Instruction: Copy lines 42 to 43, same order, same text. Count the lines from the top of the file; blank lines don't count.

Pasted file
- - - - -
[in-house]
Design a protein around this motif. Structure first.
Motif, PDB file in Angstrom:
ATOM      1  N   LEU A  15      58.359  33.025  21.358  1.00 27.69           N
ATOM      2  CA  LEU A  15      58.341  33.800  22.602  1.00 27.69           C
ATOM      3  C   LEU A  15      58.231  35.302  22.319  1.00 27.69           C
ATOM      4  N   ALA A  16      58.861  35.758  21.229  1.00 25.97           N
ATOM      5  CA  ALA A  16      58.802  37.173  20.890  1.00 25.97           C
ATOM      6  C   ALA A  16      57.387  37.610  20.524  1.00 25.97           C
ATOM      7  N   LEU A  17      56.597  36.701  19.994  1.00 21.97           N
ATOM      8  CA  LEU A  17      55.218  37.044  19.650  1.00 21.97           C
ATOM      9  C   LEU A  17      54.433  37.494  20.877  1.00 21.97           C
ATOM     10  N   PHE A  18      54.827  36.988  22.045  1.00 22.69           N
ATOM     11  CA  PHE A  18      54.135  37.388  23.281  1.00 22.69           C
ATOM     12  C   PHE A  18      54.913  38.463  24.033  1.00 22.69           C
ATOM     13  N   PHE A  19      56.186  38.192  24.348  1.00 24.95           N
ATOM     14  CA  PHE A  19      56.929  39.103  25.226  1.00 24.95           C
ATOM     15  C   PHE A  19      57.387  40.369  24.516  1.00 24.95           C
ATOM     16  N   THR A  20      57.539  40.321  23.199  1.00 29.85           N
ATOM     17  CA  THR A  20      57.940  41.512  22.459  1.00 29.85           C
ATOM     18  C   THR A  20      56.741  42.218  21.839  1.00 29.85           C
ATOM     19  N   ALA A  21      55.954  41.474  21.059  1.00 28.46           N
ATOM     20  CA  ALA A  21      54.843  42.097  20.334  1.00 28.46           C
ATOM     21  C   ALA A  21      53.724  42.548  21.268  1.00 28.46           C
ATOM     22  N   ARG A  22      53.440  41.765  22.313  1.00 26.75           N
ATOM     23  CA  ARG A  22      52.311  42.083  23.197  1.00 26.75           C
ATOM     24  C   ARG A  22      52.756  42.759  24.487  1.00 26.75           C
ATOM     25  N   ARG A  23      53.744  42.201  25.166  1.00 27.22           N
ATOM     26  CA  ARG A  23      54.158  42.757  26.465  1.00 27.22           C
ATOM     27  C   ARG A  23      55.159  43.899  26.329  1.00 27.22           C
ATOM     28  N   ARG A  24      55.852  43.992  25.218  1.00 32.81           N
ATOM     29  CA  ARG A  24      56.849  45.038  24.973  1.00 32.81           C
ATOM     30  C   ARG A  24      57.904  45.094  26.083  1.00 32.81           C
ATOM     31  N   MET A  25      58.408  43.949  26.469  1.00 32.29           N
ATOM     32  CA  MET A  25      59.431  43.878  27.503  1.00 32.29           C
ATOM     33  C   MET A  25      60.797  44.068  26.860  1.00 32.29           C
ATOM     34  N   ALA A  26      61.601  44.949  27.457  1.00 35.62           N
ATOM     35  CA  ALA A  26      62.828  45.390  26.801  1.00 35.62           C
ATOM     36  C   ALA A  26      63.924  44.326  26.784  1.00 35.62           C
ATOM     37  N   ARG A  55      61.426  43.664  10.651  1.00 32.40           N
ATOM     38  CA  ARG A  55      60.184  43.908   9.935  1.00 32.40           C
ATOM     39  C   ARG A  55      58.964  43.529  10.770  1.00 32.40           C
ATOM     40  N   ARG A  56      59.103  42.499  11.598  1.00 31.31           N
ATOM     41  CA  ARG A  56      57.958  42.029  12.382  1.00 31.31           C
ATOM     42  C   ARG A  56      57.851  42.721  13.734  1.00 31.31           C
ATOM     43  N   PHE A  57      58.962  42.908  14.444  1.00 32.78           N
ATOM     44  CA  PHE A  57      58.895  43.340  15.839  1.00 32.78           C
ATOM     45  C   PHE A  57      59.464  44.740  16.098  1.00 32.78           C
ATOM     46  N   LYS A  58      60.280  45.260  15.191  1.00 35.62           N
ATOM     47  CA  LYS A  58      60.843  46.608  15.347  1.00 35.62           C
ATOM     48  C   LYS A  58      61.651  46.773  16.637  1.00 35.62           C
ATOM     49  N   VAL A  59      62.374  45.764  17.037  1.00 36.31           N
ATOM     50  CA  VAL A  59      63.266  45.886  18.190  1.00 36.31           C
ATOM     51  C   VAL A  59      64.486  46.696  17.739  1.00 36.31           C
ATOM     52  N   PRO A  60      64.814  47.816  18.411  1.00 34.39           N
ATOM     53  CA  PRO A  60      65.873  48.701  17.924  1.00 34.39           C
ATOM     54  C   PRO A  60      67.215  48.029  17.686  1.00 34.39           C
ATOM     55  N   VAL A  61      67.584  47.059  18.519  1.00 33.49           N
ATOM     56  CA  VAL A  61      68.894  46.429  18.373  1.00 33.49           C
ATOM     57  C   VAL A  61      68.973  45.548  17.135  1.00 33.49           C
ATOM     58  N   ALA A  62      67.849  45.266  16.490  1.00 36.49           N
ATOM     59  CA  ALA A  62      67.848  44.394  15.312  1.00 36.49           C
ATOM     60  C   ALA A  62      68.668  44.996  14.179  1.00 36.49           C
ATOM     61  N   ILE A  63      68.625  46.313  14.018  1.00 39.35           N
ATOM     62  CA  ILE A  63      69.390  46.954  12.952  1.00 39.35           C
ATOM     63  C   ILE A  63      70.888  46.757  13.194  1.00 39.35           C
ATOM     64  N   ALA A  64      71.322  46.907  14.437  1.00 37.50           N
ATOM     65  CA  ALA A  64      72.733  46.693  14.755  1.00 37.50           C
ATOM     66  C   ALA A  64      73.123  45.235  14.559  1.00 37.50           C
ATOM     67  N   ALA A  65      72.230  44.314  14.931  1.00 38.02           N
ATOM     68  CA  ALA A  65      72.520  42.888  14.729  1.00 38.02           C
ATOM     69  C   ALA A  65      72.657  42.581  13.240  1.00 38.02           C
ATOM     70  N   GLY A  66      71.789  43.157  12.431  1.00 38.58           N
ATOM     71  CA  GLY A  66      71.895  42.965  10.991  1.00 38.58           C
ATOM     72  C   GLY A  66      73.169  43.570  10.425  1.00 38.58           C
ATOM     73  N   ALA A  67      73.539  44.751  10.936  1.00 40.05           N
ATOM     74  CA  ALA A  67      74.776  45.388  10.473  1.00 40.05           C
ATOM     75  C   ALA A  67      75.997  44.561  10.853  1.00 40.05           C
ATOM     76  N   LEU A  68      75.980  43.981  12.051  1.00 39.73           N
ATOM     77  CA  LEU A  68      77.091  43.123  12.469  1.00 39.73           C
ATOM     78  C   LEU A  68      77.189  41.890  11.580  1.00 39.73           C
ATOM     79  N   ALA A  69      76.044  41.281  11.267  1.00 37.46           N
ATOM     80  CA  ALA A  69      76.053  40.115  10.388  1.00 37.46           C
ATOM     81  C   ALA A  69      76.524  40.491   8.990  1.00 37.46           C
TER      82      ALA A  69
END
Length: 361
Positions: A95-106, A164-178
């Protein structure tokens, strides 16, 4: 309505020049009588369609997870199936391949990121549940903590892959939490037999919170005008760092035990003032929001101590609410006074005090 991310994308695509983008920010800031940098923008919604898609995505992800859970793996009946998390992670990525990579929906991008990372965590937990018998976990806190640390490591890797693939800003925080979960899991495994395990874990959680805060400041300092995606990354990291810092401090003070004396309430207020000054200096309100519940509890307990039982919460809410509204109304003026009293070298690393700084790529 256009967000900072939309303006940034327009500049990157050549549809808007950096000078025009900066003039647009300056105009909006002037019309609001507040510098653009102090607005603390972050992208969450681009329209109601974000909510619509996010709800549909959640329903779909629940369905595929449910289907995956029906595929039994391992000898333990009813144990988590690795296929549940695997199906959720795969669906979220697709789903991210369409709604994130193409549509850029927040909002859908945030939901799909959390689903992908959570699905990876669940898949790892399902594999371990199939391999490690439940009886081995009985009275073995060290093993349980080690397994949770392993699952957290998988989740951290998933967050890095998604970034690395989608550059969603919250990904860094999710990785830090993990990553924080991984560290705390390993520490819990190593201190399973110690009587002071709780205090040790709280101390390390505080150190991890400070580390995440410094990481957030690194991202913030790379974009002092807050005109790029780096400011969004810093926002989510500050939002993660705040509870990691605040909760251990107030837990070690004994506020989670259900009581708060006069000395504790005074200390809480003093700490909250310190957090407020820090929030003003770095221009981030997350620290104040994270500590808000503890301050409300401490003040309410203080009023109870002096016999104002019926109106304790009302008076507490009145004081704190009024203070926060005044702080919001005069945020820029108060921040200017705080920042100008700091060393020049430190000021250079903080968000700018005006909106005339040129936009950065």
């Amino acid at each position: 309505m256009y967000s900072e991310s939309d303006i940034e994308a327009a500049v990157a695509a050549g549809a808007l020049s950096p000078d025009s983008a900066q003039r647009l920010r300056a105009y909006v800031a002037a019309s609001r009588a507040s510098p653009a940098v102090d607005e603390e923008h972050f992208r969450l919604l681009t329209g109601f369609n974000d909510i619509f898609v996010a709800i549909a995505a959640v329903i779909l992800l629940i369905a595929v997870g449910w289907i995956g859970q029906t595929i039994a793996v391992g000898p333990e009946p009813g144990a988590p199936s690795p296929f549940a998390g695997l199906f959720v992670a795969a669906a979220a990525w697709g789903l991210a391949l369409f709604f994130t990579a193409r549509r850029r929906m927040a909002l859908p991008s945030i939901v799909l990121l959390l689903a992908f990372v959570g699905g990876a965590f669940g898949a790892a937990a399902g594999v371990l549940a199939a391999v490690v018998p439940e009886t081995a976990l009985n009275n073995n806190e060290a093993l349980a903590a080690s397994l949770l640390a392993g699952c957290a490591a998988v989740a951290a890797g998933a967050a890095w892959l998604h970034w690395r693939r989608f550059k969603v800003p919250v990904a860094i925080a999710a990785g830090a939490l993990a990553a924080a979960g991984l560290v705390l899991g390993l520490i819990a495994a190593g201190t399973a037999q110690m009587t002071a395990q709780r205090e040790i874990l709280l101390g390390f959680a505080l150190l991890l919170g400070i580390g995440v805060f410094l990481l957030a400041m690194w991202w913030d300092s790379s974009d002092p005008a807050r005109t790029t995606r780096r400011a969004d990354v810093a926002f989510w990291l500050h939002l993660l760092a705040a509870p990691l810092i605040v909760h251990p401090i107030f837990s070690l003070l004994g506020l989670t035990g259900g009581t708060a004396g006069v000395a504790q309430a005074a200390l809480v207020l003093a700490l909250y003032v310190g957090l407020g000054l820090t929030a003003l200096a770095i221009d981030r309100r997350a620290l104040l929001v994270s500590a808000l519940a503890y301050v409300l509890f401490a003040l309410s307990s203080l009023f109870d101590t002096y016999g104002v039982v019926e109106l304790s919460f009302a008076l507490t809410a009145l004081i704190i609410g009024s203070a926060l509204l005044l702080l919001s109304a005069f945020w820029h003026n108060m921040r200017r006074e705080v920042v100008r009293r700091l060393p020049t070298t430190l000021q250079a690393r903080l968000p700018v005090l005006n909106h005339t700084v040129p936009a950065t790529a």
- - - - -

ATOM     39  C   ARG A  55      58.964  43.529  10.770  1.00 32.40           C
ATOM     40  N   ARG A  56      59.103  42.499  11.598  1.00 31.31           N